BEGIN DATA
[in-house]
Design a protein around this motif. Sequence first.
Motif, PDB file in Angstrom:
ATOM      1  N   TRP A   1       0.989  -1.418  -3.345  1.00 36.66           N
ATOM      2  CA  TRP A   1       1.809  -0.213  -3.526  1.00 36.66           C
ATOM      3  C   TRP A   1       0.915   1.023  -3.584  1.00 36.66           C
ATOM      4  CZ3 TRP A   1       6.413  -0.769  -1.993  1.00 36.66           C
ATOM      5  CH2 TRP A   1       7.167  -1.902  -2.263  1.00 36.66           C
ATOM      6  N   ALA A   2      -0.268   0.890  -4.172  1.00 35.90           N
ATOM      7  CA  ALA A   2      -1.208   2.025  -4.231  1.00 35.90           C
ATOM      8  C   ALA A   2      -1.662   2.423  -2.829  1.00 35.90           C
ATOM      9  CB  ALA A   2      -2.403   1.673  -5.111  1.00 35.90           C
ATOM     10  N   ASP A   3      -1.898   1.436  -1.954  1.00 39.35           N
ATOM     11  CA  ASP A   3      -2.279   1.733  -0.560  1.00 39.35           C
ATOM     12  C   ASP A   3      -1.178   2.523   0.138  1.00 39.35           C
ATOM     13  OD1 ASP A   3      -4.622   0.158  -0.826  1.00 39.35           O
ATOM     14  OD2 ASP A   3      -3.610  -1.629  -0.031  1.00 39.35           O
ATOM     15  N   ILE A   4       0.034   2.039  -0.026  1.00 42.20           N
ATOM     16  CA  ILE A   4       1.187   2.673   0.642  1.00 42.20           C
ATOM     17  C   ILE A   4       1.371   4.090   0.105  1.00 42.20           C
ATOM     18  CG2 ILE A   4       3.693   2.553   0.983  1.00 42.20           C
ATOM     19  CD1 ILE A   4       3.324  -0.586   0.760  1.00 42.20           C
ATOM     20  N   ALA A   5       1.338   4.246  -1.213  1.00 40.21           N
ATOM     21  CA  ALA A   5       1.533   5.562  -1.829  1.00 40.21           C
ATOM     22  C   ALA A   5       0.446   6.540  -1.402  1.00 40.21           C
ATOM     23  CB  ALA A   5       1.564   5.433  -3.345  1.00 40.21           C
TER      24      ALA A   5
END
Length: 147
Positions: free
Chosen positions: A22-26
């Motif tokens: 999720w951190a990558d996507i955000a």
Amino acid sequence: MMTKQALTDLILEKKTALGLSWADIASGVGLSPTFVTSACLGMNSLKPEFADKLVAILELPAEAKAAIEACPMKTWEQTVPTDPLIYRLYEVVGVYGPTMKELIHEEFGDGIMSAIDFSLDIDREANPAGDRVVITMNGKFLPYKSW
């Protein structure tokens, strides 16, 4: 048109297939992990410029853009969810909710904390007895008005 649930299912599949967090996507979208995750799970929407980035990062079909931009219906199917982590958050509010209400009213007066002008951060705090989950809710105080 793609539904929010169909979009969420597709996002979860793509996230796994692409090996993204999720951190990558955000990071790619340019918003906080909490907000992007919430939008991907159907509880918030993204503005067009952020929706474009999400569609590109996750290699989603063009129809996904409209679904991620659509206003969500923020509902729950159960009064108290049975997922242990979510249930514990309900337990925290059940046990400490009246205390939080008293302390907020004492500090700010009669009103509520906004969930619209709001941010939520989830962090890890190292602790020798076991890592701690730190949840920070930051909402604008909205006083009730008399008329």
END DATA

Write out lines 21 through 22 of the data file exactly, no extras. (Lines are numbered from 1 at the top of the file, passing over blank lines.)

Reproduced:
ATOM     18  CG2 ILE A   4       3.693   2.553   0.983  1.00 42.20           C
ATOM     19  CD1 ILE A   4       3.324  -0.586   0.760  1.00 42.20           C